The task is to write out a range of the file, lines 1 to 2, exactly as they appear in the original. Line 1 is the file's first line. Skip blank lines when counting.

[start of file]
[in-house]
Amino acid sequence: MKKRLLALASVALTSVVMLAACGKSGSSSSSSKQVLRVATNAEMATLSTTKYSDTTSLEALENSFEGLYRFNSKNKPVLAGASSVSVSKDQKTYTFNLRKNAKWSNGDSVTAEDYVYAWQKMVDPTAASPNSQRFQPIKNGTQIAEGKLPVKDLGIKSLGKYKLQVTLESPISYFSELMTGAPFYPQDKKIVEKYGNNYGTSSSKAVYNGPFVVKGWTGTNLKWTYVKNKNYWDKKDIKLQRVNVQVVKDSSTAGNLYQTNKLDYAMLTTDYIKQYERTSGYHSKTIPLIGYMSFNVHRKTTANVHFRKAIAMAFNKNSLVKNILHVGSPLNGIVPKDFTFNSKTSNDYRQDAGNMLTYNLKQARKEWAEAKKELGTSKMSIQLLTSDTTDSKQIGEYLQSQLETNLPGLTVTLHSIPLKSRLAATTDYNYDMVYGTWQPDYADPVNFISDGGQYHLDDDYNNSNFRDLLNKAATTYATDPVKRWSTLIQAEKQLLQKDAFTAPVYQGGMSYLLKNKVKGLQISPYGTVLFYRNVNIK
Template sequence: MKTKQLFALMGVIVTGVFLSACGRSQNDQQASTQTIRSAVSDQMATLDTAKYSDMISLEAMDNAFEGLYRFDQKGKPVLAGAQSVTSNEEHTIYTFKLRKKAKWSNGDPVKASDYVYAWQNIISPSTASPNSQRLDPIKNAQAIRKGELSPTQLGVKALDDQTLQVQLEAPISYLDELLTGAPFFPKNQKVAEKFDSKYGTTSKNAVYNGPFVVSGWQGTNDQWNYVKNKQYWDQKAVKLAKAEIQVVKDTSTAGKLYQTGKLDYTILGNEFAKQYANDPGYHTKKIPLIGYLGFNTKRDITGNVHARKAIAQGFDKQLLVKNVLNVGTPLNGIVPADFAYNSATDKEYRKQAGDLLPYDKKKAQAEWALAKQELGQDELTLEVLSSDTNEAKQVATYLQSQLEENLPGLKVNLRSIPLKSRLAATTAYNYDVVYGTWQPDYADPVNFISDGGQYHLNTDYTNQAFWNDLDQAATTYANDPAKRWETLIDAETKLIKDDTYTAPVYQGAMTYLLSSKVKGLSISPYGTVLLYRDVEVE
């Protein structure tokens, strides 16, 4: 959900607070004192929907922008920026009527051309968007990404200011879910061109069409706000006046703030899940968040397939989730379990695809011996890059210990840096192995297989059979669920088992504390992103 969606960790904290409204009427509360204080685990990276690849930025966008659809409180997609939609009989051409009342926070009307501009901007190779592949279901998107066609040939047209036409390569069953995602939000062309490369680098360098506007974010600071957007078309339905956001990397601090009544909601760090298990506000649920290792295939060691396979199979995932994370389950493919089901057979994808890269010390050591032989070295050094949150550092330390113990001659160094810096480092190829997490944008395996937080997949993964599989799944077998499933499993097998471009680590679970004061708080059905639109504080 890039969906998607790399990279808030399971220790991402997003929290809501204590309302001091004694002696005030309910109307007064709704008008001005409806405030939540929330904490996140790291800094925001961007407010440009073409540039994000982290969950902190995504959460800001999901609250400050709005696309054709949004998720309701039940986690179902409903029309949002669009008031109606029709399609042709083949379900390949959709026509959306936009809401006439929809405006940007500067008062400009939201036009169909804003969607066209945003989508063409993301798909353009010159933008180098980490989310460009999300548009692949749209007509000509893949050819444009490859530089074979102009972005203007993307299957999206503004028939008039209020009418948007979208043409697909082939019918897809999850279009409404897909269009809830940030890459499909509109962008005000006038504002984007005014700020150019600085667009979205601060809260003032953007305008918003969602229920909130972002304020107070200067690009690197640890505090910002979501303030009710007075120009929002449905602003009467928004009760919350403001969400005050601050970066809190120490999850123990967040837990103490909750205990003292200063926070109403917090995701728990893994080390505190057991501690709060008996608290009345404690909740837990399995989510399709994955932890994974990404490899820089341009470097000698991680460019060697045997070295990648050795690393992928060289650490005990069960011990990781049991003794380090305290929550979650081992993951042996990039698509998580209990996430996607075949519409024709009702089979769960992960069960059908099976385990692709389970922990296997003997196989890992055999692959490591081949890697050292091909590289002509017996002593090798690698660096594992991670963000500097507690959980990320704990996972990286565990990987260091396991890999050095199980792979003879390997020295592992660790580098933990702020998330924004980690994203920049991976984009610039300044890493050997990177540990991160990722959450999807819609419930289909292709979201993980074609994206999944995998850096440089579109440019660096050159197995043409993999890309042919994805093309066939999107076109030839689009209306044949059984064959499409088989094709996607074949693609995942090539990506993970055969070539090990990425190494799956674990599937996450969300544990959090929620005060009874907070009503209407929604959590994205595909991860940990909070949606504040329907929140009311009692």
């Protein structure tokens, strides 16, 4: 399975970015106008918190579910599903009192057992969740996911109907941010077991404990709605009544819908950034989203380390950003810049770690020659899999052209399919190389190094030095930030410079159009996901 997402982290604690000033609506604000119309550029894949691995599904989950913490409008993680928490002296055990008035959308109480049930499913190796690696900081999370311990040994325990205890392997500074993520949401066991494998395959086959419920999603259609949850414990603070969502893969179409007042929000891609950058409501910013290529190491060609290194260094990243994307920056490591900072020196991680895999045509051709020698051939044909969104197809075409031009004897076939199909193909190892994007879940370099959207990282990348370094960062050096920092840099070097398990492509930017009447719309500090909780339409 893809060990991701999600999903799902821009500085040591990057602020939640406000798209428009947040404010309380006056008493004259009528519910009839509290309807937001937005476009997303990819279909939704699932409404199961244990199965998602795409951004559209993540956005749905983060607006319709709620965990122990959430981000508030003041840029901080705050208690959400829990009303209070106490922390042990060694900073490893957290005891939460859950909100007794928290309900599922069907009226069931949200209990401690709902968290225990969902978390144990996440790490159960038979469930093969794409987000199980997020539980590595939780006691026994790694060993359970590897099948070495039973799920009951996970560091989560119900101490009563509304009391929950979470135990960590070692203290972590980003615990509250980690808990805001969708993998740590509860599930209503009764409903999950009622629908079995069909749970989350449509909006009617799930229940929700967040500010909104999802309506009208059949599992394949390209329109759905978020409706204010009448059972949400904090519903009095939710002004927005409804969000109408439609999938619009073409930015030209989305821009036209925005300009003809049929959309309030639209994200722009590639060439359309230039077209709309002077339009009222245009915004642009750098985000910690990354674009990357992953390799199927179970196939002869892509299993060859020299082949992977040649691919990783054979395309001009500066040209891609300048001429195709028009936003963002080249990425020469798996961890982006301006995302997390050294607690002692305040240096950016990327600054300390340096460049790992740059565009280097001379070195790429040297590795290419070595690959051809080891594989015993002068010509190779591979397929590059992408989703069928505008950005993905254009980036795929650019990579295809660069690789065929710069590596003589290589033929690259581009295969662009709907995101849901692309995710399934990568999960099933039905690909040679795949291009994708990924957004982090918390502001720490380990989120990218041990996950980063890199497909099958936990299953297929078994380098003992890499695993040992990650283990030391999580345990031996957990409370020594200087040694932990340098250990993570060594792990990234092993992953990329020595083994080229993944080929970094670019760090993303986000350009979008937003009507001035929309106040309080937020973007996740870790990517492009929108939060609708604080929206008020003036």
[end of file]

[in-house]
Amino acid sequence: MKKRLLALASVALTSVVMLAACGKSGSSSSSSKQVLRVATNAEMATLSTTKYSDTTSLEALENSFEGLYRFNSKNKPVLAGASSVSVSKDQKTYTFNLRKNAKWSNGDSVTAEDYVYAWQKMVDPTAASPNSQRFQPIKNGTQIAEGKLPVKDLGIKSLGKYKLQVTLESPISYFSELMTGAPFYPQDKKIVEKYGNNYGTSSSKAVYNGPFVVKGWTGTNLKWTYVKNKNYWDKKDIKLQRVNVQVVKDSSTAGNLYQTNKLDYAMLTTDYIKQYERTSGYHSKTIPLIGYMSFNVHRKTTANVHFRKAIAMAFNKNSLVKNILHVGSPLNGIVPKDFTFNSKTSNDYRQDAGNMLTYNLKQARKEWAEAKKELGTSKMSIQLLTSDTTDSKQIGEYLQSQLETNLPGLTVTLHSIPLKSRLAATTDYNYDMVYGTWQPDYADPVNFISDGGQYHLDDDYNNSNFRDLLNKAATTYATDPVKRWSTLIQAEKQLLQKDAFTAPVYQGGMSYLLKNKVKGLQISPYGTVLFYRNVNIK